Jan 12, 2015

Andraé Crouch, 1942 - 2015


"Every song I've written takes you through the Scriptures and reinforces the word of God," Andraé Crouch told the Los Angeles Times in 1982. "I give people a beautiful message, but I do it with pop, rock, funk, jazz or disco or anything that will make it appealing."

Crouch, gospel musician widely hailed as the best of the modern era and the greatest hymn writer of his time, has died at the age of 72. He had been sick a while and was hospitalized in December.

At Religion Dispatches, Anthea Butler writes that Crouch's connection to Pentecostalism cannot be ignored:
It is the genius of Andraé Crouch's talent that flowed from his Pentecostal upbringing in the Church of God in Christ that made him the powerful songwriter and singer he was. Along with his sister Sandra, his first group, the COGICS (Church of God in Christ Singers) featured Billy Preston. He would then go on to form the group Disciples in 1965. While COGIC churches emphasized holy living and strict discipline, their cutting edge musical styles and choir presentation helped groups like the Disciples to break out into the mainstream music scene. The tension between serving God and singing for the world would put Crouch often at odds with those who felt his music was not “holy” enough. Yet it was in those long church services and constant revival meetings as a child that Crouch’s distinctive musical style and lyrics were formed. His music became a bridge in the late 1960’s and would not only cross racial lines, but form the foundation for contemporary Christian and gospel music.
According to Robert Darden at Christianity Today, "Amy Grant may have made CCM popular; Andrae made it sound great."

Billboard also notes the importance of Crouch's crossover success, reporting, "He was often praised for bridging the gap between popular music and gospel, bringing a contemporary pop and R&B sensibility to his music."

NPR's Francine Kelley writes that this combination of sacred and secular involved a very conservative musical sensibility, even though it was often perceived as experimental and cutting edge. Kelley writes that Crouch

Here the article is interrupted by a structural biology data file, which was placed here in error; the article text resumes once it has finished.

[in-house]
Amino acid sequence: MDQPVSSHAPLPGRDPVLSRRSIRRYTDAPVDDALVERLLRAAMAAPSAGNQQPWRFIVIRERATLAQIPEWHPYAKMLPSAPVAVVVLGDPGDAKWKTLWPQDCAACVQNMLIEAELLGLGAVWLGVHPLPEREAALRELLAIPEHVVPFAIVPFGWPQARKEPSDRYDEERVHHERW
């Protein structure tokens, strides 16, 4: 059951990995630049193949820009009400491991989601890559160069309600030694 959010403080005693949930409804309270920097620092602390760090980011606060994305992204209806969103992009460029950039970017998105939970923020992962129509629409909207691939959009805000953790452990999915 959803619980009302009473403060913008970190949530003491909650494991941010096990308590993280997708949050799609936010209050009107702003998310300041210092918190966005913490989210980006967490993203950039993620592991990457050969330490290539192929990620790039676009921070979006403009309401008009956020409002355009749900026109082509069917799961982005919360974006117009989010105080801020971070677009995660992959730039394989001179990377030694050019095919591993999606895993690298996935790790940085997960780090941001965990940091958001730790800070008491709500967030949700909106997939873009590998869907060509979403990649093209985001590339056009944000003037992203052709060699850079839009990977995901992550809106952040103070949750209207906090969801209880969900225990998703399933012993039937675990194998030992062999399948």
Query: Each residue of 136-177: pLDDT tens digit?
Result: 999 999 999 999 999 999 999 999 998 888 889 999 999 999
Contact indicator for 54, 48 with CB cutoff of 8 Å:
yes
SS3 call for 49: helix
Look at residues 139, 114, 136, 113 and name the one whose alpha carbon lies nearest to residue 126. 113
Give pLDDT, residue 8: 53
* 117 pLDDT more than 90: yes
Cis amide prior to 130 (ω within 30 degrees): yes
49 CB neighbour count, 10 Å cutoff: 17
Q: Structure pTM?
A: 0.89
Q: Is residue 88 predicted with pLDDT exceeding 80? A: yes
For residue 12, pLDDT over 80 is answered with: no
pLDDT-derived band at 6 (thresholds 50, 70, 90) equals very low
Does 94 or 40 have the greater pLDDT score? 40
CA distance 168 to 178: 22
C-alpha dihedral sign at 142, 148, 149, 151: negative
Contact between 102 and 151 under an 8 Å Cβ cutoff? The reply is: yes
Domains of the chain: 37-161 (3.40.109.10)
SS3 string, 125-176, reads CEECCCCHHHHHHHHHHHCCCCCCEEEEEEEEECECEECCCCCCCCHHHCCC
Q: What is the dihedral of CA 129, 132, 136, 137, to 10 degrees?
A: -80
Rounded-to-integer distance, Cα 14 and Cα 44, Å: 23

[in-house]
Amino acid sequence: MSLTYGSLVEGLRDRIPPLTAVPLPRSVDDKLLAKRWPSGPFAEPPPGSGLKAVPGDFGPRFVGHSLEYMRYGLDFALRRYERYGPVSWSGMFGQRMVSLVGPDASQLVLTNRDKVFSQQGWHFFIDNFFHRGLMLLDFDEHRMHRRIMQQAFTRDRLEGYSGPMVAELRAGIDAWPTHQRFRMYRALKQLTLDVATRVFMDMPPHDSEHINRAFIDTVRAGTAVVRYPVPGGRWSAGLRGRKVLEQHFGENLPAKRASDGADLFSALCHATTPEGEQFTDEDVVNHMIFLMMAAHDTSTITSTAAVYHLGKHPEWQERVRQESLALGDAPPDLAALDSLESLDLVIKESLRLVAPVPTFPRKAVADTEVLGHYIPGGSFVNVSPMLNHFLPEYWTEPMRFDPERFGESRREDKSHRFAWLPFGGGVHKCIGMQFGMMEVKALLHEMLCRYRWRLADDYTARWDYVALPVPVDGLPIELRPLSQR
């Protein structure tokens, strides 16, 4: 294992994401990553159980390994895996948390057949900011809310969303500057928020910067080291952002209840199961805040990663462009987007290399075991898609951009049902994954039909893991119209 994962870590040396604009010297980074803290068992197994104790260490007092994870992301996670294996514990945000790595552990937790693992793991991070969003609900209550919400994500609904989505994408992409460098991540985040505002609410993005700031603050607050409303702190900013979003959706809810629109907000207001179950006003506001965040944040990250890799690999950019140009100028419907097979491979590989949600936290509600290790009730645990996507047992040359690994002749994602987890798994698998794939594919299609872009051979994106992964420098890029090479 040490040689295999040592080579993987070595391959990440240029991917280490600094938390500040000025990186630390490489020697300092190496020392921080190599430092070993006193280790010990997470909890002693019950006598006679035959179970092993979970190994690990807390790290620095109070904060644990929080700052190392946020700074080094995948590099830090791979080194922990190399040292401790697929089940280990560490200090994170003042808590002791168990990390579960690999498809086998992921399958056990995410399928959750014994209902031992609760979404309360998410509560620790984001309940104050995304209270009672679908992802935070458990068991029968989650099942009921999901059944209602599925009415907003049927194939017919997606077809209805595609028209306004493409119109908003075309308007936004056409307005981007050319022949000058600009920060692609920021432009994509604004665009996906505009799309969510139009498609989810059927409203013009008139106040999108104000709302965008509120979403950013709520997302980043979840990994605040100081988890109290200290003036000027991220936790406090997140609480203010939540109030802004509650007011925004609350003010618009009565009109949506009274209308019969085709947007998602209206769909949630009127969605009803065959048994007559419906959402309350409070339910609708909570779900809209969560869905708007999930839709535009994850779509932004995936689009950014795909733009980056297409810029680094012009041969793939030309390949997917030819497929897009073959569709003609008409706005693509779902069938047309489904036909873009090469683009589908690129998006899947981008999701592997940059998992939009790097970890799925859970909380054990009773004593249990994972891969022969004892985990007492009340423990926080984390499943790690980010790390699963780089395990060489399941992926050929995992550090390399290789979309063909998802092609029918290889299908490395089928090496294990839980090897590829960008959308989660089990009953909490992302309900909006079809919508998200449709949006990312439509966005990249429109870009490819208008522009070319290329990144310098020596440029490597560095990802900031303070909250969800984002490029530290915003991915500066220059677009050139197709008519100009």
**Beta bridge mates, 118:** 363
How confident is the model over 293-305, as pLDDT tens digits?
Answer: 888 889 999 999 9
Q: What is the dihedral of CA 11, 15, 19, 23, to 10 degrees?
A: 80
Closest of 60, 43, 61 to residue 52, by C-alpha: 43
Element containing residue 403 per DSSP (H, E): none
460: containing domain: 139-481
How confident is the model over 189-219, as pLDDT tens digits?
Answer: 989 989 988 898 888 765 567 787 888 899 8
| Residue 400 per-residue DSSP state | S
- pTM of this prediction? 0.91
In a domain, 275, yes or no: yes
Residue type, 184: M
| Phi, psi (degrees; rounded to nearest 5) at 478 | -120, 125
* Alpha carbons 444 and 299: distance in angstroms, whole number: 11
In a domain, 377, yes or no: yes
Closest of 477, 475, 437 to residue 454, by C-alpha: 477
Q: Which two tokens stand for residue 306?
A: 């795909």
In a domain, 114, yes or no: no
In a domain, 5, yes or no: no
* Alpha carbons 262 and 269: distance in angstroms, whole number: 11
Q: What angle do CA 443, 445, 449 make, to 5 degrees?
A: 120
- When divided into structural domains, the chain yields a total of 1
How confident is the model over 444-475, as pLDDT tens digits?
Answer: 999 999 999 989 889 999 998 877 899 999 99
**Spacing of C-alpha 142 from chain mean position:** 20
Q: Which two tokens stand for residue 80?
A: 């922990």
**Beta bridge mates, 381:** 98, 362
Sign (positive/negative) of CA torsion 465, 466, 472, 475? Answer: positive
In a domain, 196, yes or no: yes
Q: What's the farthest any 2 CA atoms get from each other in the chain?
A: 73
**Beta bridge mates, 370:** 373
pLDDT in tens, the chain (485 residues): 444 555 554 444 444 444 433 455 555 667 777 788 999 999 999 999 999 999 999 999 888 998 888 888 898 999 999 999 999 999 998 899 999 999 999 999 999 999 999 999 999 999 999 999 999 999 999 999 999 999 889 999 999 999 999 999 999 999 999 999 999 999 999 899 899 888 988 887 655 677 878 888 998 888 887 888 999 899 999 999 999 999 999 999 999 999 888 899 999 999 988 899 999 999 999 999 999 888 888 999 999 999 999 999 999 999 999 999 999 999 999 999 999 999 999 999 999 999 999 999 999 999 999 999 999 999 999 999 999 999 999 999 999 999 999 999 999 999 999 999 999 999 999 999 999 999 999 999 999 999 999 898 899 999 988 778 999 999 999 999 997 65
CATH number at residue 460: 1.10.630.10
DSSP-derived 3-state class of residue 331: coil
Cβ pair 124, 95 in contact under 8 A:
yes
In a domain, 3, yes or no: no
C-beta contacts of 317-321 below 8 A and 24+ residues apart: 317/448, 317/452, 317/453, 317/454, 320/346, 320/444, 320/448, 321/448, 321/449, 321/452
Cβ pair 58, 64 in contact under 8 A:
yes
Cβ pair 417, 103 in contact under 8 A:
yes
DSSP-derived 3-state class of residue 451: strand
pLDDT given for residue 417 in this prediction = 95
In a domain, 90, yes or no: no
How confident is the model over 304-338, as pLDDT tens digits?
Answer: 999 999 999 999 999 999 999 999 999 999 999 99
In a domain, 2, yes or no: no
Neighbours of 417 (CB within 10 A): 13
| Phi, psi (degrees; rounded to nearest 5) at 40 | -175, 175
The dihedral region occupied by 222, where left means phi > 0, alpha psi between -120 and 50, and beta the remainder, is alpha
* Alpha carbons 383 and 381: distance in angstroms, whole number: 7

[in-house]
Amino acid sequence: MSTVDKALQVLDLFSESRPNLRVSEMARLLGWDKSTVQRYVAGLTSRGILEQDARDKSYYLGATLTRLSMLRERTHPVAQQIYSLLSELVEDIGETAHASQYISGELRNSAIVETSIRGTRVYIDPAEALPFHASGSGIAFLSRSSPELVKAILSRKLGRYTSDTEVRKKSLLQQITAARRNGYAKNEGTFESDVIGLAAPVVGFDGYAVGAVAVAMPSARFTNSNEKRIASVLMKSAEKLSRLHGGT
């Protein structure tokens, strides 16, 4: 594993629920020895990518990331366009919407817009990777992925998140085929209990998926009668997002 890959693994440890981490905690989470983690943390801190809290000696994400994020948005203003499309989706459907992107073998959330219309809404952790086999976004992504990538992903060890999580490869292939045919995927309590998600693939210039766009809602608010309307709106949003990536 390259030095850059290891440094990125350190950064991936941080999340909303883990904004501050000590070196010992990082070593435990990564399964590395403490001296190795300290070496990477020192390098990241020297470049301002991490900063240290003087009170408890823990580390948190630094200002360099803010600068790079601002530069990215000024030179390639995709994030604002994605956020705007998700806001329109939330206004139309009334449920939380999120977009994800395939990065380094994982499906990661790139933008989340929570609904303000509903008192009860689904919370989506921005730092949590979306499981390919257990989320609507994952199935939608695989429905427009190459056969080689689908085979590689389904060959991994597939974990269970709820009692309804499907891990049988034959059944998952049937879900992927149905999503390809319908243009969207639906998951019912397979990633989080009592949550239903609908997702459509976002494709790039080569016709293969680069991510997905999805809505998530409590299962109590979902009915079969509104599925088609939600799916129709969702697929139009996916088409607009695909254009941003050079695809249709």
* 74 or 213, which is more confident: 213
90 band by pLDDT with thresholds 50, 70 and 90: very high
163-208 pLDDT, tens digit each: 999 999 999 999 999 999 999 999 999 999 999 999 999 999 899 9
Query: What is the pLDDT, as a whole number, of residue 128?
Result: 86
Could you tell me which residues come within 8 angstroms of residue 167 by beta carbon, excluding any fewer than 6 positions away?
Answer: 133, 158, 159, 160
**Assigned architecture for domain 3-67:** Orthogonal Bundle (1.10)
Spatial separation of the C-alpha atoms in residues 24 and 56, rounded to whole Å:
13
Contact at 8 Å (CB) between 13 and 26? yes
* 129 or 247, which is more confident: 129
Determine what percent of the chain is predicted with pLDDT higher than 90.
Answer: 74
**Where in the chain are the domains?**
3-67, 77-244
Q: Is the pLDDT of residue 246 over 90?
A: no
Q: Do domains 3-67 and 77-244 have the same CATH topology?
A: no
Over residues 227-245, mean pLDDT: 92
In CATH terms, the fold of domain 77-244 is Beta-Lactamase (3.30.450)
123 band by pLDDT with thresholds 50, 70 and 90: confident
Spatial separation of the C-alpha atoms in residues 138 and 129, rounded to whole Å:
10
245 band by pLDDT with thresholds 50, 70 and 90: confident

played a major role in creating a more contemporary, conservative gospel sound. The demonstrative shouts of the sanctified church were toned down to appeal to the broadest possible audience. Crouch was on The Jeffersons and he played Billy Graham crusades, the White House -- even the Grand Ole Opry. Tennessee Ernie Ford introduced him from stage, in a performance that aired on PBS in 1985: 'Now the man I'm about to introduce is a rare talent. He not only sings -- he sings fine gospel, but he's a fantastic writer.' 
Songs Crouch wrote in the 1960s are still in use.
Crouch himself didn't describe his music that way. In that interview with the Los Angeles Times in 1982, he talked about being bored by traditional music. For him music needed to be inventive and fun. Whatever the explanation of his musical style, it was very successful.

From the New York Times:
A gospel crooner with a keen sense of melody and a voice both velvety and powerful, Mr. Crouch won seven Grammy Awards for his performances of songs professing his ardent Christian faith.

His best-known, often performed with a choir, included 'The Blood Will Never Lose Its Power,' a slow, pulsing, bluesy number that he wrote as a teenager; 'My Tribute (To God Be the Glory),' which begins with the longing of a torch song and swells to an anthem; and 'Soon and Very Soon,' which, with its joyous R&B flavor, was sung by a choir at a public memorial for Michael Jackson. They were both churchly and rocking, and they gave Mr. Crouch a following beyond the realm of gospel fans.